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We aren't the only species that like tropical vacation spots. Japanese beetles plague parts of the Azores, and Oriental fruit flies infest some of French Polynesia. But U.S. Department of Agriculture (USDA) scientists are turning to nature to combat these invasive pests.
Both insects also cause problems in the United States, so the efforts by researchers with USDA's Agricultural Research Service (ARS) may provide mutual benefits. ARS is USDA's principal intramural scientific research agency, and this work supports the USDA priorities of promoting agricultural sustainability and international food security.
Japanese beetles were accidentally introduced into the Azores, a chain of islands off the coast of Portugal, in the 1970s. Over the next 40 years, their numbers increased exponentially and they began causing major agricultural damage.
Stefan Jaronski, with the ARS Northern Plains Agricultural Research Laboratory in Sidney, Mont., is helping the Azoreans develop the fungus Metarhizium anisopliae as a biocontrol. After the fungus infects a beetle, it grows inside the insect and, over the course of a week, the insect dies. If conditions are right, the fungus covers the insect, producing spores that help spread the fungus to other beetles, continuing the process.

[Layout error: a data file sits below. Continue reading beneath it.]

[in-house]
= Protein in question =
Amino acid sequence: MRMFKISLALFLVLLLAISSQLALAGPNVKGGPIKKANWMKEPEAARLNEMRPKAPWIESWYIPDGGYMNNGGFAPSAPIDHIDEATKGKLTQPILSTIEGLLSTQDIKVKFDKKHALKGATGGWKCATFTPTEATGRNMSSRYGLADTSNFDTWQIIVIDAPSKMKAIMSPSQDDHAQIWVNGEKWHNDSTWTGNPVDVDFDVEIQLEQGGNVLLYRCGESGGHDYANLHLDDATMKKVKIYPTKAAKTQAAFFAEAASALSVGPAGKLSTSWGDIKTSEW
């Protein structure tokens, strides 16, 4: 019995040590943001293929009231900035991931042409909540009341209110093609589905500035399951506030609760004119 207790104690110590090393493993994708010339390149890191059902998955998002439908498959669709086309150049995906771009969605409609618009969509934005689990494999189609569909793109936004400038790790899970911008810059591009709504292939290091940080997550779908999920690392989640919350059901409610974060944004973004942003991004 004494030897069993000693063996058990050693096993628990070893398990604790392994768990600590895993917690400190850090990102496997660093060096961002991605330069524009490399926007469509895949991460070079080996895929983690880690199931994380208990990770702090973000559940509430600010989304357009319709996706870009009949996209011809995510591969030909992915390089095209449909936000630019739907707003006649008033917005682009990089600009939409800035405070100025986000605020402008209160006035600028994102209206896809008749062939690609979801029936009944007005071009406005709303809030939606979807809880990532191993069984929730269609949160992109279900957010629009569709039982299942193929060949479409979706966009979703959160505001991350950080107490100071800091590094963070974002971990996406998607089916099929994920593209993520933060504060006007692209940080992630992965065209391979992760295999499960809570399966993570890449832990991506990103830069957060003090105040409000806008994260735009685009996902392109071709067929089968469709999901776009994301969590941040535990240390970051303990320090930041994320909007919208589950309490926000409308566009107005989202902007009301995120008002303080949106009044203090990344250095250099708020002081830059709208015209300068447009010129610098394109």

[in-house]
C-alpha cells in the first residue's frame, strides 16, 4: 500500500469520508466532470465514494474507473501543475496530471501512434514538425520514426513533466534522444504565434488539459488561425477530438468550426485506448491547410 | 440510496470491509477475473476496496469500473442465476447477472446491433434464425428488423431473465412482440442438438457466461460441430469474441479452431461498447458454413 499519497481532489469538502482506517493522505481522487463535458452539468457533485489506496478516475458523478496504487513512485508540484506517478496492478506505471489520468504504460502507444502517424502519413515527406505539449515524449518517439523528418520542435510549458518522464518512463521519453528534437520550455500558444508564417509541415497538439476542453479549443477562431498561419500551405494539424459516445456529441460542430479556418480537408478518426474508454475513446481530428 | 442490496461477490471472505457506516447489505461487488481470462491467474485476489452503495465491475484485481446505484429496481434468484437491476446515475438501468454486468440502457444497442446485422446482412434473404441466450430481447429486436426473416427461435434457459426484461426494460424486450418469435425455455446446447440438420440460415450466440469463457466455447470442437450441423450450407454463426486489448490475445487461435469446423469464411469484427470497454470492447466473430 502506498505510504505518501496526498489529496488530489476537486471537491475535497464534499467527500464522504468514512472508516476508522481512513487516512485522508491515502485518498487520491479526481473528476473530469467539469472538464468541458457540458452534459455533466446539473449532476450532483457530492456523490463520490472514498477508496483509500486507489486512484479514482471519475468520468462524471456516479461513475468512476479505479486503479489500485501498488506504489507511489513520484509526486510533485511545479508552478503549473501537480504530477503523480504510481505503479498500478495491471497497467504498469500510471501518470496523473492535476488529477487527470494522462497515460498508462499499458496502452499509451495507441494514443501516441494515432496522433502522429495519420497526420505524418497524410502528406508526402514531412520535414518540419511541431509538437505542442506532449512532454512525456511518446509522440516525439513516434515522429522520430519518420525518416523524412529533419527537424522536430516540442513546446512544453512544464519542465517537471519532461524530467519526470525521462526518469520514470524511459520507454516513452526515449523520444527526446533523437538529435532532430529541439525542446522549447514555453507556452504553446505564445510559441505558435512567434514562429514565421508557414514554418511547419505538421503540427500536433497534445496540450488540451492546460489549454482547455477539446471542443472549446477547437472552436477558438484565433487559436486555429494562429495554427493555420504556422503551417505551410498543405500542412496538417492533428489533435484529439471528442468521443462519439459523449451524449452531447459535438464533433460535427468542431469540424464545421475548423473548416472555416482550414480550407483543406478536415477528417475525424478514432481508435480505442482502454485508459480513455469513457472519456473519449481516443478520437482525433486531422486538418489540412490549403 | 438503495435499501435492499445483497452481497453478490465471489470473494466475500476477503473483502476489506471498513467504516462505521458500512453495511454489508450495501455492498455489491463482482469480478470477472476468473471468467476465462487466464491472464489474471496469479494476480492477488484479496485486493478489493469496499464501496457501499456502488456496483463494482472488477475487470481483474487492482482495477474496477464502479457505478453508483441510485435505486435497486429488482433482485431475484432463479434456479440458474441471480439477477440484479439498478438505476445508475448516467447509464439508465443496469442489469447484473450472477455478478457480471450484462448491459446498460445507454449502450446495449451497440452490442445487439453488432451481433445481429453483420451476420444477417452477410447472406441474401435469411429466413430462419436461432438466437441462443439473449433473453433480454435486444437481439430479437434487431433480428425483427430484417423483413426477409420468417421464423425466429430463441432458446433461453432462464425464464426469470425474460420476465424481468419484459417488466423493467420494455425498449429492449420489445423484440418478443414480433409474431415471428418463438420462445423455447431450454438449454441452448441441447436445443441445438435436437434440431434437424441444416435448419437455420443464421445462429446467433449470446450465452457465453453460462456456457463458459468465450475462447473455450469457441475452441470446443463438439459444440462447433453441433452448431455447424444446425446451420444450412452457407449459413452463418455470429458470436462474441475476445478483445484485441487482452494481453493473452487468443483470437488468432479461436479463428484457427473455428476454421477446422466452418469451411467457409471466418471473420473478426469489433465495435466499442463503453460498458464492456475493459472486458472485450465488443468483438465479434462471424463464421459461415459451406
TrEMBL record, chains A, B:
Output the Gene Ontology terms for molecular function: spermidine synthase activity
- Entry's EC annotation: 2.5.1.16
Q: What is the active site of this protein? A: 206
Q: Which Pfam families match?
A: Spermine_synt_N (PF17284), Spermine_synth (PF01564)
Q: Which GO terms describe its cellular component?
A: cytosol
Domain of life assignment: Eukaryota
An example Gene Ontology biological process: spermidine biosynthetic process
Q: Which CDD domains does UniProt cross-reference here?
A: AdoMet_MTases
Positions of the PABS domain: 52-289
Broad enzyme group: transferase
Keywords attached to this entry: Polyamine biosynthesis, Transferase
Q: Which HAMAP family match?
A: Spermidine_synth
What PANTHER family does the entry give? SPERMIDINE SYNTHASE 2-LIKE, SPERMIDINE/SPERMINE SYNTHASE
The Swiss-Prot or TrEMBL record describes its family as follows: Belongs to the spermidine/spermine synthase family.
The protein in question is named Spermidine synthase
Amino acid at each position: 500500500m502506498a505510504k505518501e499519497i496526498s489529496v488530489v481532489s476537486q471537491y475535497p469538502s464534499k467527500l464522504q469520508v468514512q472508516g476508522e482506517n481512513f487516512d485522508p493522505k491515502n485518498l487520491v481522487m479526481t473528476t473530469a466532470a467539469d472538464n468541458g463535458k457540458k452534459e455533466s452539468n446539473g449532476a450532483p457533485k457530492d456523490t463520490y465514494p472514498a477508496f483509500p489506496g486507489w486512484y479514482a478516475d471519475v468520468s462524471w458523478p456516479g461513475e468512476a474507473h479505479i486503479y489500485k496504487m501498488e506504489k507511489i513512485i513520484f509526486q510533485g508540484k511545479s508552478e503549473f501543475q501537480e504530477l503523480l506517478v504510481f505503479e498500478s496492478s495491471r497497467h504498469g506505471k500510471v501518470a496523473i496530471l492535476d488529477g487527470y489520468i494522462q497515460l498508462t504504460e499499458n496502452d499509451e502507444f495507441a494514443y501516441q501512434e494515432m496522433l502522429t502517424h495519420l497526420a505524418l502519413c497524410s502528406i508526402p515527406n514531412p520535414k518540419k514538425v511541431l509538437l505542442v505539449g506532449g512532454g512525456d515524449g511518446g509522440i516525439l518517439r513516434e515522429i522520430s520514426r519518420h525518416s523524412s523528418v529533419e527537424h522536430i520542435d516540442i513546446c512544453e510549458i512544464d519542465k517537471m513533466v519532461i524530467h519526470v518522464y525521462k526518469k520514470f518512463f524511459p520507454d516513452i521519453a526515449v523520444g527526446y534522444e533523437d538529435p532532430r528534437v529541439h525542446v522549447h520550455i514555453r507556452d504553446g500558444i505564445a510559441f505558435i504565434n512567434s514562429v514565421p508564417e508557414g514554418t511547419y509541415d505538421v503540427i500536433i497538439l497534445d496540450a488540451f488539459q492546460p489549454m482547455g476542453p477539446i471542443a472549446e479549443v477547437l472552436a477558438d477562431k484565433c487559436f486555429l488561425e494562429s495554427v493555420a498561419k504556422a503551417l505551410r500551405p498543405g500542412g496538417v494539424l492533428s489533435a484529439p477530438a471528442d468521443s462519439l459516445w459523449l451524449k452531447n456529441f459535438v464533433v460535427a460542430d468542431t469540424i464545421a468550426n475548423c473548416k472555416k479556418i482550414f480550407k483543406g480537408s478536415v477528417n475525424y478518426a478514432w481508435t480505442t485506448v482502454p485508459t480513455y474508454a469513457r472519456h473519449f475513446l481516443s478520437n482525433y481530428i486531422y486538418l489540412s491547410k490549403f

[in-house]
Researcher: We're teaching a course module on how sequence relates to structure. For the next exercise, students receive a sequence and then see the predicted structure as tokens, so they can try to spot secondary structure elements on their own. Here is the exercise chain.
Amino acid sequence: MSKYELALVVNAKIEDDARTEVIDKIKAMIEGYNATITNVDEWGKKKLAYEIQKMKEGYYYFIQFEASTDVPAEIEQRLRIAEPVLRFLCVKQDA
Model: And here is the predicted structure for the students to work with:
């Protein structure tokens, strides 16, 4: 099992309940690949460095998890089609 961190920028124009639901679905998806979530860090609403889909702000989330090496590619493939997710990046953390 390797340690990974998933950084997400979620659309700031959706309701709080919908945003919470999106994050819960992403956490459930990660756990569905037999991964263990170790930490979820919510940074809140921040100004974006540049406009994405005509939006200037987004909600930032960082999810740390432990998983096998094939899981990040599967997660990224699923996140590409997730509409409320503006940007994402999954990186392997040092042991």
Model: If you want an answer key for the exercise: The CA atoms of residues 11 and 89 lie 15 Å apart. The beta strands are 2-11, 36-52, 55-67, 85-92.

In previous work, Lerry Lacey, a retired ARS scientist, designed a modified Japanese beetle trap so spores of the Metarhizium fungus could be dispersed in a process called "autodissemination." Beetles caught in the traps "dust" themselves with spores and carry them to infect other beetles. The results so far show beetle numbers are decreasing on the one island in the Azores, São Miguel, where the fungus has been used for the past two years.
Meanwhile, Roger Vargas, an ARS entomologist with the agency's U.S. Pacific Basin Agricultural Research Center in Hilo, Hawaii, is helping scientists manage outbreaks of Oriental fruit flies in French Polynesia, a chain of islands on the other side of the world.
Vargas, who has experience with fruit fly biocontrol programs in Hawaii, has introduced two species of beneficial parasites, Fopius arisanus and, more recently, Diachasmimorpha longicaudata, that have reduced infestations of Oriental fruit fly and Queensland fruit fly, a related fruit fly species. He published results of his efforts in the Journal of Economic Entomology and in Biological Control.
Read more about this research in the February 2012 issue of Agricultural Research magazine.